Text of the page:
While we know you wish you could protect your kids from everything, there are some things in life they are going to have to experience. Unfortunately, bullying is one of those things that most kids deal with in today’s world. Bullies and mean kids exist at every age and grade level. And they can make normally mundane tasks, like standing at the bus stop or playing at recess, a nightmare. Not to forget, bullying can leave deep, emotionally traumatizing scars. In worse case scenarios, it can involve in threats, damage, or someone getting hurt! Here are some ways you can help your child cope with school bullying.
A Background on Bullying
Sadly, bullying in today’s world exists in many forms. It can be physical in terms of pushing, punching, or hitting. Bullying can be verbal through the likes of name-calling and threat making. Or it can be psychological/emotional through acts like spreading rumors or exclusion. And combined with today’s interactive platforms, this bullying continues to occur long after the last bell rings. Known as cyberbullying, this form of bullying can be particularly hurtful as bullies are doing their tormenting behind a screen. More often than not, the harmful effects of the bullying are then brought to school the next day.
Identifying School Bullying
Most kids have been teased at some point in their lives. And when done by a sibling or close friend in a playful, friendly, and mutual way, they see it as funny rather than hurtful. As soon as teasing crosses that line and becomes hurtful, unkind, and constant, that’s when it’s time it needs to stop.
Bullying is intentional. Bullies know they are pushing specific emotional buttons in order to get the reaction they want. Some bullies are kind in real life but extremely hurtful behind closed doors or behind a screen. Other bullies aren’t afraid to threaten in person. And some don’t even come into contact with their victims, but rather make up rumors and say mean things online to them.
And yes, we understand that there are some things that kids just have to learn to brush off their shoulder and “tough out.” But bullying needs to be taken seriously as it can affect a child’s sense of safety and self-worth. In severe cases, bullying has contributed to suicides and school shootings.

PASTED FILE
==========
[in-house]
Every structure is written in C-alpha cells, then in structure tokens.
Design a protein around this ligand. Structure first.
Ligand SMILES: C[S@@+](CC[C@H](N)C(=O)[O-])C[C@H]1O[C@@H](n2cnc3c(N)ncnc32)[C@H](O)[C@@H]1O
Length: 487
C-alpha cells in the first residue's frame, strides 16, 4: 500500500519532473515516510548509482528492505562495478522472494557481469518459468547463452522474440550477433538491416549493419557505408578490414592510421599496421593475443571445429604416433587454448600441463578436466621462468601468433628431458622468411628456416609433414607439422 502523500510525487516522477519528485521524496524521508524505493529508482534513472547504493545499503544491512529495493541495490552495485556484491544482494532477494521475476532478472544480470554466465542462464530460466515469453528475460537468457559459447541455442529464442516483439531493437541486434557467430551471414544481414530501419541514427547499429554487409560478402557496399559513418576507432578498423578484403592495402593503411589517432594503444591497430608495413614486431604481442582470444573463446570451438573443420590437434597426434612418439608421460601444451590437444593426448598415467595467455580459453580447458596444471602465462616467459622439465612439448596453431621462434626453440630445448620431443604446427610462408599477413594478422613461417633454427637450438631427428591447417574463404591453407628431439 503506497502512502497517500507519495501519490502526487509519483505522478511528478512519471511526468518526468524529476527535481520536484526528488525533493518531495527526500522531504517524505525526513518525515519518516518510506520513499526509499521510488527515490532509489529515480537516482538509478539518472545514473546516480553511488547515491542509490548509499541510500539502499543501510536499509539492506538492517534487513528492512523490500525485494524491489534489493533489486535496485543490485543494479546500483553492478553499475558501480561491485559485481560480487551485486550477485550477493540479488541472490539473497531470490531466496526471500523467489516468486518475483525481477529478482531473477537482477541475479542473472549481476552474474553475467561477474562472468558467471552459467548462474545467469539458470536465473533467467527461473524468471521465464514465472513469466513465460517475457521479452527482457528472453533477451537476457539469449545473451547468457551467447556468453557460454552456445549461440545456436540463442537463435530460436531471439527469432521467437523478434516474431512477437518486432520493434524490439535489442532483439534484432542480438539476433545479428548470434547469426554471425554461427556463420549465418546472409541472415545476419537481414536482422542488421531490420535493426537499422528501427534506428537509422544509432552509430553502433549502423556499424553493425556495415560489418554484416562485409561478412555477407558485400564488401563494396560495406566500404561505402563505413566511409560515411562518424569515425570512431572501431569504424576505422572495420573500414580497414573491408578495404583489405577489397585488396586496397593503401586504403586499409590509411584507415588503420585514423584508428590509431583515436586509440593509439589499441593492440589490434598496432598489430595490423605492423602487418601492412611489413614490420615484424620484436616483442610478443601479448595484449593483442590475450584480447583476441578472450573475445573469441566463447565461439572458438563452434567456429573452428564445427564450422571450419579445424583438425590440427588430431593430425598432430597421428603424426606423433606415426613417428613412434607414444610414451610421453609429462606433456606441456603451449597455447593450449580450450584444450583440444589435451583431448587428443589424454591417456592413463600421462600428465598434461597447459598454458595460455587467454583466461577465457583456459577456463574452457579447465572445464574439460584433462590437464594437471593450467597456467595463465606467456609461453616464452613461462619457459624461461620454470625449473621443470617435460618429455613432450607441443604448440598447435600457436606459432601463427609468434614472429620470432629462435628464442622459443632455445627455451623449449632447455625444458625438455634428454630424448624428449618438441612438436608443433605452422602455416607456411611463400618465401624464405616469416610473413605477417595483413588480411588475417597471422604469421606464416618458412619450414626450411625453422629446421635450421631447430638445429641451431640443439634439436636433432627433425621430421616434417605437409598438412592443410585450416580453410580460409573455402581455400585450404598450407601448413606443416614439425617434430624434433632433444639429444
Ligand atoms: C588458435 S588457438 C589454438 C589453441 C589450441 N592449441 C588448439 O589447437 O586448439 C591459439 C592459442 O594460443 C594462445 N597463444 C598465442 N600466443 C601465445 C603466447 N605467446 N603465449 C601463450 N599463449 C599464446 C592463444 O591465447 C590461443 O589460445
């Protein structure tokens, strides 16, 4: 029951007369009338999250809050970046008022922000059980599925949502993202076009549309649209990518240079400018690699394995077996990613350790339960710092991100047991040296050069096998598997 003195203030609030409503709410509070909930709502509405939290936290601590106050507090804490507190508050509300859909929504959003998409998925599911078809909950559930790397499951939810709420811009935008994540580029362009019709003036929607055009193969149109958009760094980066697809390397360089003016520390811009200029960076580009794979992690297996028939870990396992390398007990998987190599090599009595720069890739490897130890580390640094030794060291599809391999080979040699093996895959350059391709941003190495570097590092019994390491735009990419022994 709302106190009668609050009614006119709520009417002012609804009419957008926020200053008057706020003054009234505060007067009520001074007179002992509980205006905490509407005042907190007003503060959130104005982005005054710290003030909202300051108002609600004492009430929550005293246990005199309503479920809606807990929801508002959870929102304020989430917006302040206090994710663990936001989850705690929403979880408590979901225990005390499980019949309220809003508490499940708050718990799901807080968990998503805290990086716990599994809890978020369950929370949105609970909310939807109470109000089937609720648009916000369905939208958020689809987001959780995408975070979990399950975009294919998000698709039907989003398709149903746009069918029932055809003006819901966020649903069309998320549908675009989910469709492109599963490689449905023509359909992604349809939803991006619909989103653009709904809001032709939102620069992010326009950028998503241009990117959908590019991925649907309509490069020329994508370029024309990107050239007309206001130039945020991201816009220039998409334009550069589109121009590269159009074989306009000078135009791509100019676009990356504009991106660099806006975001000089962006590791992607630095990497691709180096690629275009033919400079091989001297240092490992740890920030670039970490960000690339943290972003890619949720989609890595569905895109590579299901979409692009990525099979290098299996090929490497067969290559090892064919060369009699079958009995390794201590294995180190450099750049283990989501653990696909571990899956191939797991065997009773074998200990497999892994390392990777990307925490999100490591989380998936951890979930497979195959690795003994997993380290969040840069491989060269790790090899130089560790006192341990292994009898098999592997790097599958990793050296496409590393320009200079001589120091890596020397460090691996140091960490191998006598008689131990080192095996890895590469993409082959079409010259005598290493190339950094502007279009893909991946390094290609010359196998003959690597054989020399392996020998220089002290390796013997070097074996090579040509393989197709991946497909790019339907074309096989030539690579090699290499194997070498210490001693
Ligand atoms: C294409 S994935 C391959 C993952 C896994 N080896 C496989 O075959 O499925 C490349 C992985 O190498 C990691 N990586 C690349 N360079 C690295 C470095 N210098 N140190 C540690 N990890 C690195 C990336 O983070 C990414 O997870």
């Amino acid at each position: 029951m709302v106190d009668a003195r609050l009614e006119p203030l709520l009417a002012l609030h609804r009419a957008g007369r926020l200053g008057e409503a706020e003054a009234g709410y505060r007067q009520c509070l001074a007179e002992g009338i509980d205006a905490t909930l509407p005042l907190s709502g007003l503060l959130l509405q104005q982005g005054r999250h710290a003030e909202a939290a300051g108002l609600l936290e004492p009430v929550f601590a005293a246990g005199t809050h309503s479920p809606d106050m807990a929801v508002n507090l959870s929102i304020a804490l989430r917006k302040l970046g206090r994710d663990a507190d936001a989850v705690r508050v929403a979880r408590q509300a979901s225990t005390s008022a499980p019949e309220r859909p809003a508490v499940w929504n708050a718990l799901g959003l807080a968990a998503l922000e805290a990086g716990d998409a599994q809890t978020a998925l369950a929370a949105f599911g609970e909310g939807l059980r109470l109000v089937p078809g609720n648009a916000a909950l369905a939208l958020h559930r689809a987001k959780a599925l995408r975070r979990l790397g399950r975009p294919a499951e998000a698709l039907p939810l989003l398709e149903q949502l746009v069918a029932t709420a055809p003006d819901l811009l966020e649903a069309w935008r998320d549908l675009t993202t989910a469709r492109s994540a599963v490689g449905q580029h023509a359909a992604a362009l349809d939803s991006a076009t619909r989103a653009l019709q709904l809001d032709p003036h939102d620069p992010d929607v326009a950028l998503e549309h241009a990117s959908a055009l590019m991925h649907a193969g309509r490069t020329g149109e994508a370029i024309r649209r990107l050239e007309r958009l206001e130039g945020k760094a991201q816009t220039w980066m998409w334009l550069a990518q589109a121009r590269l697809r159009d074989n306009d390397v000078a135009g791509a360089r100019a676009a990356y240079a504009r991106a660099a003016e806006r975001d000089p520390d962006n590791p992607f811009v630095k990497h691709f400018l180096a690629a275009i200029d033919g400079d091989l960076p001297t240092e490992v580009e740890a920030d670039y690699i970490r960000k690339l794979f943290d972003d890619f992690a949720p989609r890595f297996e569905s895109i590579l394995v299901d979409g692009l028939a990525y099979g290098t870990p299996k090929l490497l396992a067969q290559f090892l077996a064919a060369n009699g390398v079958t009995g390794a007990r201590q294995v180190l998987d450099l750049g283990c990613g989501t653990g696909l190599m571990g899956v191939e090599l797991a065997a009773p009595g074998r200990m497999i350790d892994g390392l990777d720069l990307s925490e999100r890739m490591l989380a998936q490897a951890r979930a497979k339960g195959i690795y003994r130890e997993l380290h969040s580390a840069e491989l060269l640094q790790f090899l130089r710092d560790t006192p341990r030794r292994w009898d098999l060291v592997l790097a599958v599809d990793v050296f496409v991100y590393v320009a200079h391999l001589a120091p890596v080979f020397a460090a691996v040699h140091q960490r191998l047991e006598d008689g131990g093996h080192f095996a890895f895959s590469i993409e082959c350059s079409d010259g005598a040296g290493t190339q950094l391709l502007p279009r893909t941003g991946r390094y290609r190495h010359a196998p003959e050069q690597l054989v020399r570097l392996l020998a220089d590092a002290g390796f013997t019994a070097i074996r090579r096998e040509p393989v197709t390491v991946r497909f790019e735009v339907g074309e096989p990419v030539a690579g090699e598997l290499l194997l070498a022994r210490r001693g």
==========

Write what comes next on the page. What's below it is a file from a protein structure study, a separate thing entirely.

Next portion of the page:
Signs of School Bullying
- Visible bruises or injuries
- Acting differently
- Not eating
- Not sleeping well
- Stop doing the things they enjoy
- Moodier/more easily upset
- Avoid certain situations
Try to Stop It Before It Starts
If you aren’t sure if your child is being bullied, there are a few things you can do to start. The first would be to brainstorm solutions to try and de-escalate a bullying situation and creating a toolkit for them to use in tough situations. Try things like:
- Creating a list of responses
- Roleplay “what if” scenarios
- Promote positive body language
- Keep an open line of communication
- Building their confidence
The Right Way to React
Bullies crave power and control. And they don’t oppose to hurting a few people to get it. Here are some ways your kids could react to keep a bullying situation from escalating:
- Cancel out negativity – if someone says something negative, say something positive, when you remind yourself of your positive attributes, it helps to instill self-worth
- Tell them how you feel – most bullies lack empathy and sympathy, tell them why you feel the way you do.
- Don’t reward them with the reaction they want – a bully wants to hurt your feelings, seeing you react the way they want you to only encourage them to continue.
- Follow your gut – there will be times your child needs to give in to the bully if they fear they’re going to get hurt. If you can laugh it off and walk away, do so. But if they threaten physical violence, tell an adult about it afterward.
If the bullying still continues, it’s time for you to take action. Here are the things you can do to help your child cope with school bullying:
- Report repeated, severe bullying
- Encourage your child to be an upstander (not a passive bystander)
- Talk to the parents
- Partner with the school
- Teach coping skills
Restoring Their Confidence
Dealing with bullying can take a toll on a child’s confidence. Good news is that there are a number of ways to help restore it. Encourage your kids to spend time with those that appreciate them for who they are. Have them participate in clubs, sports, or other enjoyable activities builds a sense of community.
Provide a listening ear about difficult situations. And remember to encourage your kids to also tell you about the good parts of their day. Make sure they know you believe in them and that you’ll do what you can to address any bullying that occurs.
Let CPA Help You!
Helping your kids without turning into a helicopter parent is hard. Let us help you navigate that blur of a line and help you be the best parent you can be. Cristina Panaccione and Associates has two locations in the South Hills and one office in Robinson Township. We are currently accepting a limited number of new patients, so check out our videos to learn more about how we can help you learn the skills you need to cope with the punches life throws at you!
* This information has not been evaluated by the Food and Drug Administration. This information is not intended to diagnose, treat, cure, or prevent any disease. Please contact a medical professional for advice.
Dave Lori – LPC
Dave has had the honor and privilege of working in the mental health field for the past 20 years. His experience ranges from family-systems work to individualized-focus. His clinical orientation ranges from client-centered, solution-focused, humanistic and Existential approach. Dave believes in providing a strength-based, supportive, authentic and non-judgmental approach to the therapeutic process. We all face various challenges and have the ability to reach our personal goals given the independent choices we make each day.